Tuesday, March 9, 2021

Review: Future State: Superman Vs Imperious Lex #2


Future State Superman Vs Imperious Lex #2 came out 2 weeks ago and continued a sort of political allegory look at Superman vs a very Trump-like Lex Luthor.

I thought the first issue of this mini-series was a bit heavy handed. The truth is I went into reading that first book expecting to be bludgeoned by political overtones. Maybe I was prepared to be preached to and as a result I was waiting to be underwhelmed.

I think I came into this issue a bit more accepting and a bit more ready to be entertained. So while the political overtones and metaphors are pretty evident, the book unfolds nicely and the plot is entertaining. Maybe I am maturing.

Writer Mark Russell does a good job at unpacking how someone of power like Lex could dupe everyone into believing he is a savior when it is clear that he is ruining the planet and the people. And even when you think Lex might be seeing the error of his ways, it turns out he is a self-serving villain.  What I really love about this issue is that Lois is the hero.

Steve Pugh's art is solid work here, giving us an older and wiser Superman, a smart Lois, and a crazy alien world. But the real art win here is Yanick Paquette's cover. This is a propaganda poster at it's best with Lex clutching a Lexor child, shielding him from Superman's evil boot which is trying to stamp out Liberty. This is how Lex is portraying things, as him being the last hope against a monster trying to remove freedoms. Just pitch perfect.

On to the book.


Lexor has joined the UP, reluctantly. Superman has destroyed the planet's one economic book, resource devouring evil robots. Destitute, Lex joins the UP so the conglomerate will take on Lexor's debt.

As I said, Lois is the hero here. She is the UP ambassador, visiting Lexor and setting up the union. Superman has to remain in the spaceship or work on the dark side of the moon to avoid the red sun.

I love this exchange. Lois' talk of three good minutes is the sort of amusing euphemism I expect out of these two who clearly love each other and are equals in the relationship.

Lois begins her UP tour. It is clear that the Lex has bamboozled the populace. As Lois points out all the atrocities Luthor has done and how many might want revenge, the robot majordomo says this justifies Lex's statements of how Lexor needs protecting.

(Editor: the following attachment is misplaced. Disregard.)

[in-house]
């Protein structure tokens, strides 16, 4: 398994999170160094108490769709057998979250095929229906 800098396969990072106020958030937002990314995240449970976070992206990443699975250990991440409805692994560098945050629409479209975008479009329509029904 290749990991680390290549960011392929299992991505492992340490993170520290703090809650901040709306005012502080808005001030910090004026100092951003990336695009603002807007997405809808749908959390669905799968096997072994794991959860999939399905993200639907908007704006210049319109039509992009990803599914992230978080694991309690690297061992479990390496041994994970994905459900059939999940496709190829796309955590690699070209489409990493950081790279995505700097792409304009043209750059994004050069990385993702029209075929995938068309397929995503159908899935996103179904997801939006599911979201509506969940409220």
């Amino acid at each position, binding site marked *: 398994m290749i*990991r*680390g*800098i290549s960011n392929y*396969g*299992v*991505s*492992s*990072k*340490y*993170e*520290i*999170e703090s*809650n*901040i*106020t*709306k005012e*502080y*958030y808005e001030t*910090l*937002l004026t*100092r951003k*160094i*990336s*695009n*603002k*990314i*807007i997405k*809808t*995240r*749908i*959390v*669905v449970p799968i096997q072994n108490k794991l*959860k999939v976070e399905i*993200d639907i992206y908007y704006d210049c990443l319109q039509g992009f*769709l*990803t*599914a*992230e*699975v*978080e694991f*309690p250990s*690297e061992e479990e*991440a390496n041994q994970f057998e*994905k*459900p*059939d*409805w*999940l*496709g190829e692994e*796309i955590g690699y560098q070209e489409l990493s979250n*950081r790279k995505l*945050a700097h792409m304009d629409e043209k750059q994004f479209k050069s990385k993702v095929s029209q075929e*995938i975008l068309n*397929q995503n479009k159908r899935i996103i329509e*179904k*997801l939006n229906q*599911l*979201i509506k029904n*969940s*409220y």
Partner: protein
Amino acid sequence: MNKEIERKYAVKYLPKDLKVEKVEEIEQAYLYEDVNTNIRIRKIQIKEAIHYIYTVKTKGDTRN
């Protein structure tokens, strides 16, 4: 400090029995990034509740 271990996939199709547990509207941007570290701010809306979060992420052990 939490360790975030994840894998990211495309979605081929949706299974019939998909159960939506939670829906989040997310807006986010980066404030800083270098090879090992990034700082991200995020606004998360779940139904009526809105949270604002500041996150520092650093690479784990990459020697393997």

Instead of realizing Lex has forced them to need protection, this robot thinks Lex is the hero defending the world.

But then, a turn. Lexor is rich in crystals which can help amplify energy sources. They are extremely valuable and will help all the UP. Had Lex known about these, his financial woes would be gone.

Now Lex wants to rescind the UP invite. He doesn't need their help to cover his debt. He has something new. 

So rather than join the UP willingly, he locks Lois up and tears up the agreement. He slaughters the UP miners who are digging up the crystals. And he hopes he will lure Superman down to eliminate him as well.

This shows you Lex's true conscience.

The robot from before asks Lois what it all means. Lex is 'unorthodox'. But if he is evil, what does that make the robot who was created by Lex. 

Lois is blunt. If you follow someone like Lex who lies and cheats and uses force, you are becoming that person. Their values are your values.

This is all very Trumpian. Certainly, having Lois monologue about politics could be ham-fisted or preachy. But this story unfolds in a way that it doesn't feel that way. Russell threads the needle. This is a story with an agenda. Not an agenda forced into a story.

And Pugh works well showing this monarch like character.

When Lexor joined the UP, Lex's propaganda news network trumpeted it as a coup by Luthor.

Now that the UP isn't needed, Lex has the news channel turn face. 

Even those reporters are questioning the validity of this. Don't they have any reputation at stake?

Turns out, no. When one questions the news they are reporting, he is vaporized by Lex.

Obviously, this is a Fox news analogue.

When Superman risks his life, heading to the planet to stop Lex, Luthor uses his base of supporters against our hero.

Lex has convinced the population that Superman is trying to destroy their way of life. And so they attack him. 

In many ways, this zealous protection of the benefactor can be seen on both sides of the political aisle, people defending anything and everything their 'hero' does. 

But in a time when regular citizens where whipped into such a frenzy they broke into the Capitol, I can see the metaphor.

And once the citizens have slowed Superman down such that the red sun effect has kicked in, then and only then does Lex wade in.

But Lex knows, these people are equating Lex's strength as their own. They have been taken in by him completely.

Luckily Lois pulls a Ripley, dons a mining suit, and smacks Lex down.

Our story takes one more turn.

Lois and Superman leave the planet. Lexor is allowed to leave the UP. Luthor has his propaganda machine blast this as a victory for him.

But the salvation of the crystals doesn't pull Lexor out of the fire. Superman synthesized the crystals in his Fortress and gave them away for free. Lexor's commodity is worthless.

Now what will Lex do.

This image of him in a bathtub holding a lollipop just enforces the idea of Lex being a petulant toddler. 

So this unfolded much like the first issue, heavy on the political satire and commentary. But I enjoyed this one much more. I wish I had an explanation why. 

But as I have said many times, I like a story with an agenda when it is done well. This issue threaded that needle.

Overall grade: B




2 comments:

Professor Feetlebaum said...

When I saw Lex with that lollipop, I couldn't help but think of Telly Savalas and Kojak.

Martin Gray said...

Nice review, sir! I hope that next issue we find out more about Lex’s false face, and that his robot slave turns on him.